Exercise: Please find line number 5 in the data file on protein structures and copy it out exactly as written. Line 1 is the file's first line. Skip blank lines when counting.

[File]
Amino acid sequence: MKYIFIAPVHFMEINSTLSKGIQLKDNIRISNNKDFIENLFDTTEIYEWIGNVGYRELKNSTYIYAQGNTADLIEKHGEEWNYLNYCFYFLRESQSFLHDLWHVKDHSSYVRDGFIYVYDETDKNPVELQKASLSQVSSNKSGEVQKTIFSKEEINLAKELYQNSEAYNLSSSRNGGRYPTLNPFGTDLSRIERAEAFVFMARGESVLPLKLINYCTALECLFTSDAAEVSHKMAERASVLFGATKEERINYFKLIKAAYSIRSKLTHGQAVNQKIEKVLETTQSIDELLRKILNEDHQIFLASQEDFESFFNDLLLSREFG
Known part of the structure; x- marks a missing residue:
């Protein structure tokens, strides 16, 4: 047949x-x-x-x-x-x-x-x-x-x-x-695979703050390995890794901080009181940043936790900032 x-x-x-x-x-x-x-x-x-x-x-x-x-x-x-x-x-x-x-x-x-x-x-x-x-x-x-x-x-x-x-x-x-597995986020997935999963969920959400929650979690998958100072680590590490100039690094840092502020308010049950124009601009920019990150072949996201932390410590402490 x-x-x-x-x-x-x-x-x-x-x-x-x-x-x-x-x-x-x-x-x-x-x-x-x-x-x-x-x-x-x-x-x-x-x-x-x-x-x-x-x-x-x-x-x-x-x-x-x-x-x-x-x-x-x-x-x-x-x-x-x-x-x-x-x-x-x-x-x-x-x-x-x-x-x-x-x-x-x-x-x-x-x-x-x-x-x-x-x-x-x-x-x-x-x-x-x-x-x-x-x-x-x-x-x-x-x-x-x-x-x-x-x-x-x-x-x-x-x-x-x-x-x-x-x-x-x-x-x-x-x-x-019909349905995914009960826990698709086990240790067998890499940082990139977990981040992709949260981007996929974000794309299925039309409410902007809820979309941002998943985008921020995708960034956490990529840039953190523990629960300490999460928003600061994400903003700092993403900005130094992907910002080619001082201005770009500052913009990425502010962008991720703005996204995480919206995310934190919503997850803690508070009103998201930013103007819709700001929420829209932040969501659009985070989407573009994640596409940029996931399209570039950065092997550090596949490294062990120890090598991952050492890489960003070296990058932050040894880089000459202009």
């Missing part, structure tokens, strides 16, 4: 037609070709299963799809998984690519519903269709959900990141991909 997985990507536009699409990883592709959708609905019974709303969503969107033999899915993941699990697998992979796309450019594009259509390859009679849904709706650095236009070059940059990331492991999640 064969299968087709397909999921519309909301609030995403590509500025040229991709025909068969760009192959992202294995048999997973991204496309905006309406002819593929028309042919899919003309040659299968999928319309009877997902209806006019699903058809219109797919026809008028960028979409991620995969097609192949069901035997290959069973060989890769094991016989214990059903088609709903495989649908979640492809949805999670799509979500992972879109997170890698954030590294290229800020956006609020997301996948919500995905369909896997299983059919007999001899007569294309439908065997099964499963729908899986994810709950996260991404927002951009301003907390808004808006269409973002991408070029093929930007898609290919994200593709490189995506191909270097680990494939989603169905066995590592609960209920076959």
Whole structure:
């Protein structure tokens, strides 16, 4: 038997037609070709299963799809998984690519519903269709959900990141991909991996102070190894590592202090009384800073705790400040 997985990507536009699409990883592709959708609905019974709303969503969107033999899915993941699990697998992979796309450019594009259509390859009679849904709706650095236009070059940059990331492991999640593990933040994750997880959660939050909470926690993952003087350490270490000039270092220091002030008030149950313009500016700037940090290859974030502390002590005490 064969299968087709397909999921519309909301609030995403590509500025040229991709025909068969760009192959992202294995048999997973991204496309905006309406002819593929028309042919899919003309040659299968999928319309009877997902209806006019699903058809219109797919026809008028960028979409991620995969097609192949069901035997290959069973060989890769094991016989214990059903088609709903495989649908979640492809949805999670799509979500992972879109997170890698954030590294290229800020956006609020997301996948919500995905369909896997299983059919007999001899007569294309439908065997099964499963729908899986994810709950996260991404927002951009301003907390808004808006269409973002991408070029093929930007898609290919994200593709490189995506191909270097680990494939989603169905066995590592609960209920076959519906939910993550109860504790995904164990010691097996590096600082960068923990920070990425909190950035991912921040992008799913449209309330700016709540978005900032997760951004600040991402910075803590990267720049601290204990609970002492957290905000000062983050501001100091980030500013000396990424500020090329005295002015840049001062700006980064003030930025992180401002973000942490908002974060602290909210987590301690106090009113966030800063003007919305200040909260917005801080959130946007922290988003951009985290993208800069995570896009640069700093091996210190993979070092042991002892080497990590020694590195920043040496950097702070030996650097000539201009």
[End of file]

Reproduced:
Whole structure: